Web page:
16th June 2021: I noticed a post on my Facebook feed yesterday about a Danish station transmitting on 25800 kHz on the 11m broadcast band. I really don't have much interest in short wave stations but this one caught my attention as it is reasonably close to the 28 MHz band.
The post from the 14th of June 2021 read... "WMR (World Music Radio) is now on the air on 25800 kHz - locally audible in Aarhus, Denmark - and sometimes by eskip og F2 propagation."
Today, I noticed I was hearing OZ7IT in Denmark on WSPR on 28 MHz via Sporadic-E propagation with a good 0dB signal. I then checked for the OZ7IGY beacon on 28.271 MHz and sure enough, it was there.
When I checked 25.800 MHz, the World Music Radio station was there on AM with a signal strength of about S '5' to '8' with a lot of fading. The distance was in the region of 1300 kms to my location.
In response to a question, they said that they were running 100-watts into a vertical antenna on top of a tall tower. Photo at the end of this post.
100w sounds like a lot but in terms of short wave broadcasting, it's very low power.
Sporadic-E propagation: If anyone wants to have a listen during the Summer Sporadic-E season (May to July), I have put together a map showing the likely range.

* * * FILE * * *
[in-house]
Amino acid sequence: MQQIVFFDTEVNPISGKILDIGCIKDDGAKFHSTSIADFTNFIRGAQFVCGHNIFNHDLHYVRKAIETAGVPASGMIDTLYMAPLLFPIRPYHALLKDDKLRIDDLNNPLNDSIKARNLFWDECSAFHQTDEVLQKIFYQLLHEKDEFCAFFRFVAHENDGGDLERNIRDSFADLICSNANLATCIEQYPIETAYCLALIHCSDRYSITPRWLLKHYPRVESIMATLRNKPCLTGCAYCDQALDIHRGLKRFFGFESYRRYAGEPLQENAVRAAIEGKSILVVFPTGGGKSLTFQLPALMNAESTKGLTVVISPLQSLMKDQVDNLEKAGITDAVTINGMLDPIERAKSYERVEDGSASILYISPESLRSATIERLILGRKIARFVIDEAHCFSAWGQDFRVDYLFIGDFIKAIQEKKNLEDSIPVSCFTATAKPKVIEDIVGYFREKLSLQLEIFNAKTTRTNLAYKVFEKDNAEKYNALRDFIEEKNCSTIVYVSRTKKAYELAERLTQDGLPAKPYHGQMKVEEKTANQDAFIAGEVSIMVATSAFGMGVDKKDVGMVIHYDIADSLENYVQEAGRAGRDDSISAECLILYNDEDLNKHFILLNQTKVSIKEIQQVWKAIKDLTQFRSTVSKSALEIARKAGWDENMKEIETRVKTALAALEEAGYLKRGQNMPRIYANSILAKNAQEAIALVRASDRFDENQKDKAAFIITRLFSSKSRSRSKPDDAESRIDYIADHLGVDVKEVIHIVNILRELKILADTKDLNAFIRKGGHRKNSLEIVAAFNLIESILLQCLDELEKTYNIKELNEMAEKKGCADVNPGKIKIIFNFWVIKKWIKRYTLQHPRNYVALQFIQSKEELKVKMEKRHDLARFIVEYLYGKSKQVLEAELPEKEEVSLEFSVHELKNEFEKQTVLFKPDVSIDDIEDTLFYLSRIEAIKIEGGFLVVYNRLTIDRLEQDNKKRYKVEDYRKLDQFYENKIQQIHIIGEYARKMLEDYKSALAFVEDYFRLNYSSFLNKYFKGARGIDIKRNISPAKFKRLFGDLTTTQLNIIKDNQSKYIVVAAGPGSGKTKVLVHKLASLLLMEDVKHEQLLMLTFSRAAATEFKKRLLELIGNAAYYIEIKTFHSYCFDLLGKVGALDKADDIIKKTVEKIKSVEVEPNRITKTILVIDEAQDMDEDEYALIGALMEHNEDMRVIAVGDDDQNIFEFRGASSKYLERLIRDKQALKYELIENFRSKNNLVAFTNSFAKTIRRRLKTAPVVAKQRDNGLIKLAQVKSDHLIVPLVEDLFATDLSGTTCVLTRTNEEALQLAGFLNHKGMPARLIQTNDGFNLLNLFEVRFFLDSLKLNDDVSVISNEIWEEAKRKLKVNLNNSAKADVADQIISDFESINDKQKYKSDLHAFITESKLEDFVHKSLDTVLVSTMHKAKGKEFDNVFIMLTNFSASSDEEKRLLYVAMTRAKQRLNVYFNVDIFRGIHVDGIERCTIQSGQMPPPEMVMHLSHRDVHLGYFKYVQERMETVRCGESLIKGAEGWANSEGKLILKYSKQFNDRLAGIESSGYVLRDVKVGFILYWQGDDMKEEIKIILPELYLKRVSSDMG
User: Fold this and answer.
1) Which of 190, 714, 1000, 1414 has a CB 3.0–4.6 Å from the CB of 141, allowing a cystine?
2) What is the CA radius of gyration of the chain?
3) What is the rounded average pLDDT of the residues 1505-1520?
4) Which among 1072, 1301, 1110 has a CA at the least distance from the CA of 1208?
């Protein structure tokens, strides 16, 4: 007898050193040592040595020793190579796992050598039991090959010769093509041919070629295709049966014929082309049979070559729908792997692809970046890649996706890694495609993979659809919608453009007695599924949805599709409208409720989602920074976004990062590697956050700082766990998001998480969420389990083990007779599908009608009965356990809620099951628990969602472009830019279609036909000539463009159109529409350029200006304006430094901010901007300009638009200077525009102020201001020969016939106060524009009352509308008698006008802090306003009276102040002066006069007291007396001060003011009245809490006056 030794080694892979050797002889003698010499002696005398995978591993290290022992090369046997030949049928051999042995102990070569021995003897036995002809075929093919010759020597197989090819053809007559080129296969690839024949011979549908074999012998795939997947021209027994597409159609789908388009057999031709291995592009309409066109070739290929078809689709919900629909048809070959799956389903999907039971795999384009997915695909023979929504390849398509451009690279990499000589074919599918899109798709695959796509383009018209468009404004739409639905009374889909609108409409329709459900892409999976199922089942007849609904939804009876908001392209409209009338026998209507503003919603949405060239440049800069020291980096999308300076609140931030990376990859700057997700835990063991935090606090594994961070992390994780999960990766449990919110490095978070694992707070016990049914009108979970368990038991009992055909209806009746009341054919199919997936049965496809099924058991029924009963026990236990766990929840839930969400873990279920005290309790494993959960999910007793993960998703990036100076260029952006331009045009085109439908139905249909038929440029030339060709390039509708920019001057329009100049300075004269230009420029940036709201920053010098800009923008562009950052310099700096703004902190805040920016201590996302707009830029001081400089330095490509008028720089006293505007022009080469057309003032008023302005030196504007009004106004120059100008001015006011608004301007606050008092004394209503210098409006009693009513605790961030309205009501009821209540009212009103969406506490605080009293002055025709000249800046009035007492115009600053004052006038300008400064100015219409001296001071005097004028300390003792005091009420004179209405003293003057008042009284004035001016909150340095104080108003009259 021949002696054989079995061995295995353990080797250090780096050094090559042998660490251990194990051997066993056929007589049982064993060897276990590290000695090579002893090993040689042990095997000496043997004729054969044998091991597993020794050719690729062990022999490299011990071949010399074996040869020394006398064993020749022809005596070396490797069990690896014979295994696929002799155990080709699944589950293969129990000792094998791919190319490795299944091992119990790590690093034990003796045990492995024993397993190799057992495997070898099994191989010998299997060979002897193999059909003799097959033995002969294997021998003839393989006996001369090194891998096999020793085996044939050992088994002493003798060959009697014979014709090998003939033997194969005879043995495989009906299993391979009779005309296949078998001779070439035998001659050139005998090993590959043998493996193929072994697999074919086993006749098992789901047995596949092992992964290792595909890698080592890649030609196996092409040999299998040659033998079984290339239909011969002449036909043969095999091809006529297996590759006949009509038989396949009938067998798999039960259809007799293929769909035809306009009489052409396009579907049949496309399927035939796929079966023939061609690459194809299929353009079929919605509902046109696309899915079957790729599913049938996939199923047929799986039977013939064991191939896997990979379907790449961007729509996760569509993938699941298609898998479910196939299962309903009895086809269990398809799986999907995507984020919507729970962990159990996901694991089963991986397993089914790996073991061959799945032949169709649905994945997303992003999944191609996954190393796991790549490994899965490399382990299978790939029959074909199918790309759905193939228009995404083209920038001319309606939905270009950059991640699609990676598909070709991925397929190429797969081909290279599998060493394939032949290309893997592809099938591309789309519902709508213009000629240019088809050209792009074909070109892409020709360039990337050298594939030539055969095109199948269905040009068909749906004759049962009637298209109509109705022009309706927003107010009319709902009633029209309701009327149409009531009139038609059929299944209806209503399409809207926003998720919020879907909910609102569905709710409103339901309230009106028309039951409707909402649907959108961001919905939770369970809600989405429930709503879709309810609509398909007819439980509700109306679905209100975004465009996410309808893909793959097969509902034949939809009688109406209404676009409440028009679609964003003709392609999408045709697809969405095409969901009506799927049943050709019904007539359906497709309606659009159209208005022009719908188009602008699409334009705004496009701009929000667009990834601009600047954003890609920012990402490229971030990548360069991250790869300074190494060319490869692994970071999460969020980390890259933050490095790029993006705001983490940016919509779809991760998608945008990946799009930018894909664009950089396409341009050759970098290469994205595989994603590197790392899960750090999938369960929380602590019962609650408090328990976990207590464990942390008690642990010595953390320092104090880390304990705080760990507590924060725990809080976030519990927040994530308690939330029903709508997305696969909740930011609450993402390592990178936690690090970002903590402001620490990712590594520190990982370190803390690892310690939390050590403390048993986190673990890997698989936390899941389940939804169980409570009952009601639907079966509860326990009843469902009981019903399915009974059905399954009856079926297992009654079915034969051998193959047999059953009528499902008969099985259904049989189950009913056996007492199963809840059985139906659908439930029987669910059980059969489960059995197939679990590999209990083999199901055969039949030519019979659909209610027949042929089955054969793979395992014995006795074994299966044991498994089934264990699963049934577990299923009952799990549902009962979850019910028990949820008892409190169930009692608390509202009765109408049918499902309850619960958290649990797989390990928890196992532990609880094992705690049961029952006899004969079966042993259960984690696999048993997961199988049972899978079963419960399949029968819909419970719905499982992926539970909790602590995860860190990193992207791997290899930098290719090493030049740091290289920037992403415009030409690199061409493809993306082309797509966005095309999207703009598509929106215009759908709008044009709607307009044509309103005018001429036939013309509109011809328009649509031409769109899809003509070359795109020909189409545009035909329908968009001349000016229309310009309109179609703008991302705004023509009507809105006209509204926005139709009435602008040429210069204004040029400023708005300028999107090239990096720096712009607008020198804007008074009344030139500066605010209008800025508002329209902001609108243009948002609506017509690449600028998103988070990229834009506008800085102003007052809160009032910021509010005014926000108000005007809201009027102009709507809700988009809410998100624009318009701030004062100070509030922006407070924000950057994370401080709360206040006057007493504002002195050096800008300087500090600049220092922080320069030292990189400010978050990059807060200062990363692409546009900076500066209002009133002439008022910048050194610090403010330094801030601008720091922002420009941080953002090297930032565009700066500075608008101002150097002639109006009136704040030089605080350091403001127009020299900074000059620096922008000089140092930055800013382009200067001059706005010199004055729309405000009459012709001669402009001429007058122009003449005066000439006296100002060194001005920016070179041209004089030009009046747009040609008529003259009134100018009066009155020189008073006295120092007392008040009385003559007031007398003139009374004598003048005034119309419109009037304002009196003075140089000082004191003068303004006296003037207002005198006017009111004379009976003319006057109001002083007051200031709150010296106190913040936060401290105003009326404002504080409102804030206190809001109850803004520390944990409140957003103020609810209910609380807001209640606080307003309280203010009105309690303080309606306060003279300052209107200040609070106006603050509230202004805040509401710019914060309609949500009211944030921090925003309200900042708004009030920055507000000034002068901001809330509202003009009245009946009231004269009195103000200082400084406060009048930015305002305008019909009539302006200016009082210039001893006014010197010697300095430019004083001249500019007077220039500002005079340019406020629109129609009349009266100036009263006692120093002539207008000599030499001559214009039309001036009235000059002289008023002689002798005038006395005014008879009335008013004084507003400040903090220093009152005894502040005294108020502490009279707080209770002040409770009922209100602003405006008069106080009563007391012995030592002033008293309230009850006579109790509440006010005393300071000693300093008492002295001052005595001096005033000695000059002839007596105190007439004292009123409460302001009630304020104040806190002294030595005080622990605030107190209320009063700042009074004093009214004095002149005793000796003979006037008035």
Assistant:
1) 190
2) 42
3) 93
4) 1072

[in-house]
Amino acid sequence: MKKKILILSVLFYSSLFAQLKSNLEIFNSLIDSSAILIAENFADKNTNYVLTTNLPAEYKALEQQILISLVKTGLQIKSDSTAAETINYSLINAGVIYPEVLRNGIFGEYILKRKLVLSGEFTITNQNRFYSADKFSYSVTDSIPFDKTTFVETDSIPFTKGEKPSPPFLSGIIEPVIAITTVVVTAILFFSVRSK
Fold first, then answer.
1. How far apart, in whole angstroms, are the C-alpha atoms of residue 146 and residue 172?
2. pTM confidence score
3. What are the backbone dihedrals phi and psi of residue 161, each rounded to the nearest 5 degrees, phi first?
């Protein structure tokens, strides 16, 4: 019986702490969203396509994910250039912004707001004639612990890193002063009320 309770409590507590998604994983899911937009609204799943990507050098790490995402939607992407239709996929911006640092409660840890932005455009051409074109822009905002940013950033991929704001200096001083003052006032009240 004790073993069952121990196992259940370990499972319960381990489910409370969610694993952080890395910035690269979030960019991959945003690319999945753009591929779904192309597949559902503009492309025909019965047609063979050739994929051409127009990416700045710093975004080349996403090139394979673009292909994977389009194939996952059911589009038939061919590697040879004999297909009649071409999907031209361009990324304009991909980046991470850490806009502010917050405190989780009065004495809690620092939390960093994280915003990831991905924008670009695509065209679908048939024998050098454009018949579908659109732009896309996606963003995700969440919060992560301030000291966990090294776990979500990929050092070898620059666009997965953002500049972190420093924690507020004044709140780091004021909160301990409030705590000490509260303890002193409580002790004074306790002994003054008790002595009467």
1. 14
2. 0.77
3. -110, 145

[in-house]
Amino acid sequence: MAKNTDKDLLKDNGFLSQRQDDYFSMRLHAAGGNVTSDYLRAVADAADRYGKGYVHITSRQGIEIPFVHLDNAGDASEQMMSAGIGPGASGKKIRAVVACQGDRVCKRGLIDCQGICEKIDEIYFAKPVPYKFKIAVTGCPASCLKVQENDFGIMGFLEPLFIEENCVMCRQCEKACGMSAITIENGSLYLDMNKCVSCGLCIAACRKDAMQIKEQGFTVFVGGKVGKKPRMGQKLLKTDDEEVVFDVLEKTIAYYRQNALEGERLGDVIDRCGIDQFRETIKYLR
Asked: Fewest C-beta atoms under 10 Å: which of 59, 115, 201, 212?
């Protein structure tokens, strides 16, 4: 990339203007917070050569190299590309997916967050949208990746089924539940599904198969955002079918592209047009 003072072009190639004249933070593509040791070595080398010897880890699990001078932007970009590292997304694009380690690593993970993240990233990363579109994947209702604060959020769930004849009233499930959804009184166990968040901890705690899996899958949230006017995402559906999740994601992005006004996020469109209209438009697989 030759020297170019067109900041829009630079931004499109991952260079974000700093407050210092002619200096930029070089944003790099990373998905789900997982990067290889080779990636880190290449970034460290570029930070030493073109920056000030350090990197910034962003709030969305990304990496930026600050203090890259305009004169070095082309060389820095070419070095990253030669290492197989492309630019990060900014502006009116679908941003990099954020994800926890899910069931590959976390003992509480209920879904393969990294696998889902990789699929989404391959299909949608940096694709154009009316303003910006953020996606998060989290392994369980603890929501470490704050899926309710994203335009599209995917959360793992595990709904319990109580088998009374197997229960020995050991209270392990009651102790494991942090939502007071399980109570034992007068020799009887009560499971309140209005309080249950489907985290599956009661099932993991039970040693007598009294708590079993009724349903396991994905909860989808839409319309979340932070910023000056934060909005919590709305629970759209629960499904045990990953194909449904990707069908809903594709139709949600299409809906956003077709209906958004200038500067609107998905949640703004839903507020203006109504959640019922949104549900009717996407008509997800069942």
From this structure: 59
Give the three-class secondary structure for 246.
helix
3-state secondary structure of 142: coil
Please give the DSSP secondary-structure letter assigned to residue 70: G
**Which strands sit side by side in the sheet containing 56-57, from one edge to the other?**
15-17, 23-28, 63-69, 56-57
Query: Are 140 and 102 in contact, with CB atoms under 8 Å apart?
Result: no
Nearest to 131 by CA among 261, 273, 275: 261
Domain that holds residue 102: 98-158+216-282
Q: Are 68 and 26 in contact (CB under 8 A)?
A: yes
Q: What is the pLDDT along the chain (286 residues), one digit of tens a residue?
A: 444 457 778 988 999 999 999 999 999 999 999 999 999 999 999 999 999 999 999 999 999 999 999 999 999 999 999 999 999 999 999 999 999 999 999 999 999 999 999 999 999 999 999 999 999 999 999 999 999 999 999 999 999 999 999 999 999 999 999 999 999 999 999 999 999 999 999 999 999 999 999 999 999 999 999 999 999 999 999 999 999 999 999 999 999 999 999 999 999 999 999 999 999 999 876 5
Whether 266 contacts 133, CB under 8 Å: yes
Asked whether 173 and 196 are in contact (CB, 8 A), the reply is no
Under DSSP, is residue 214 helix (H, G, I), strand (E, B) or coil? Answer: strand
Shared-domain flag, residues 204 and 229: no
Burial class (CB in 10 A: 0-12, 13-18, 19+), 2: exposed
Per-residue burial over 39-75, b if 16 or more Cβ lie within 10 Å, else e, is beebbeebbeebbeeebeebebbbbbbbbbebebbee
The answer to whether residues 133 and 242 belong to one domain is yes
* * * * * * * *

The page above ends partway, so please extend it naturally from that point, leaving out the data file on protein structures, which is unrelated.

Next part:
The signal is likely to be heard in the range of 500 kms to 2000 kms. Anything under 500 kms is in the skip zone. anything over 2000 kms is likely to be too weak.
The best spot is roughly between the two, say 900 to 1600 kms.
In conclusion: Putting a short wave transmitter on 25800 kHz near the bottom of the sunspot cycle seems like a strange choice. It will probably be a few years before there will be consistent F2 propagation at that frequency and even then, 100-watts on AM will only go so far.
The 11-metre broadcast band is an unusual band with very few stations on it and many of the typical small portable radios don't cover it.
I checked my own TecSun PL-380 and it tops out around 22 MHz.